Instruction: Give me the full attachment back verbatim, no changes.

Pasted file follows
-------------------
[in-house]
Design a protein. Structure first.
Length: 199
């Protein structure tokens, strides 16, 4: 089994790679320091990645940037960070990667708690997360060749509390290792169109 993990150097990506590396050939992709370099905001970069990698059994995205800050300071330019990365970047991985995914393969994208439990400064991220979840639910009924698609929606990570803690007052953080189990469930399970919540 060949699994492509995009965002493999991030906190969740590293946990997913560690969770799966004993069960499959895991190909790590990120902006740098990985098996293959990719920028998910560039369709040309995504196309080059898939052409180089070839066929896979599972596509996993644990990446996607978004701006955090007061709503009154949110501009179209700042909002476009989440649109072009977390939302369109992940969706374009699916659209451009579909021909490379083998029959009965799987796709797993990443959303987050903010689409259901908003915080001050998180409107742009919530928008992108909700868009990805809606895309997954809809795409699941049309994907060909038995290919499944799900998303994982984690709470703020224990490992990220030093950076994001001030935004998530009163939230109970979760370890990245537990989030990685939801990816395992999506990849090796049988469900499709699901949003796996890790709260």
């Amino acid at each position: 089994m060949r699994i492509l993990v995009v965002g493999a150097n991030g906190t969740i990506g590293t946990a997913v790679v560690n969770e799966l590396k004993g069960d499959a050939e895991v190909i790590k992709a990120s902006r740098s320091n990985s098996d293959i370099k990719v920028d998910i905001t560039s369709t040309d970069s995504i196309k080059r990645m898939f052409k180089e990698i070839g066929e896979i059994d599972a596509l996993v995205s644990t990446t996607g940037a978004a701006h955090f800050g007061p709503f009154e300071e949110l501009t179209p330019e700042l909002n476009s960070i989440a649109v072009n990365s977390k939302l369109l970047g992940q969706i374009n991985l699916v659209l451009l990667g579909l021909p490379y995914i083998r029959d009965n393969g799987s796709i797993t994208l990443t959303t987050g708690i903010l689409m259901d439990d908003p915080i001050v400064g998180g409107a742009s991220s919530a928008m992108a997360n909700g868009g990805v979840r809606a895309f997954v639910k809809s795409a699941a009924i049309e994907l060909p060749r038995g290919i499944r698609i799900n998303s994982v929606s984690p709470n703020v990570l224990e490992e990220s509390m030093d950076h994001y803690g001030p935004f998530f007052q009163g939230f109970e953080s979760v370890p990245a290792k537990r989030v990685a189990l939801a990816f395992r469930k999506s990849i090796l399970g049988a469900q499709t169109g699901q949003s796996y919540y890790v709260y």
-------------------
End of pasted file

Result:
[in-house]
Design a protein. Structure first.
Length: 199
């Protein structure tokens, strides 16, 4: 089994790679320091990645940037960070990667708690997360060749509390290792169109 993990150097990506590396050939992709370099905001970069990698059994995205800050300071330019990365970047991985995914393969994208439990400064991220979840639910009924698609929606990570803690007052953080189990469930399970919540 060949699994492509995009965002493999991030906190969740590293946990997913560690969770799966004993069960499959895991190909790590990120902006740098990985098996293959990719920028998910560039369709040309995504196309080059898939052409180089070839066929896979599972596509996993644990990446996607978004701006955090007061709503009154949110501009179209700042909002476009989440649109072009977390939302369109992940969706374009699916659209451009579909021909490379083998029959009965799987796709797993990443959303987050903010689409259901908003915080001050998180409107742009919530928008992108909700868009990805809606895309997954809809795409699941049309994907060909038995290919499944799900998303994982984690709470703020224990490992990220030093950076994001001030935004998530009163939230109970979760370890990245537990989030990685939801990816395992999506990849090796049988469900499709699901949003796996890790709260």
């Amino acid at each position: 089994m060949r699994i492509l993990v995009v965002g493999a150097n991030g906190t969740i990506g590293t946990a997913v790679v560690n969770e799966l590396k004993g069960d499959a050939e895991v190909i790590k992709a990120s902006r740098s320091n990985s098996d293959i370099k990719v920028d998910i905001t560039s369709t040309d970069s995504i196309k080059r990645m898939f052409k180089e990698i070839g066929e896979i059994d599972a596509l996993v995205s644990t990446t996607g940037a978004a701006h955090f800050g007061p709503f009154e300071e949110l501009t179209p330019e700042l909002n476009s960070i989440a649109v072009n990365s977390k939302l369109l970047g992940q969706i374009n991985l699916v659209l451009l990667g579909l021909p490379y995914i083998r029959d009965n393969g799987s796709i797993t994208l990443t959303t987050g708690i903010l689409m259901d439990d908003p915080i001050v400064g998180g409107a742009s991220s919530a928008m992108a997360n909700g868009g990805v979840r809606a895309f997954v639910k809809s795409a699941a009924i049309e994907l060909p060749r038995g290919i499944r698609i799900n998303s994982v929606s984690p709470n703020v990570l224990e490992e990220s509390m030093d950076h994001y803690g001030p935004f998530f007052q009163g939230f109970e953080s979760v370890p990245a290792k537990r989030v990685a189990l939801a990816f395992r469930k999506s990849i090796l399970g049988a469900q499709t169109g699901q949003s796996y919540y890790v709260y």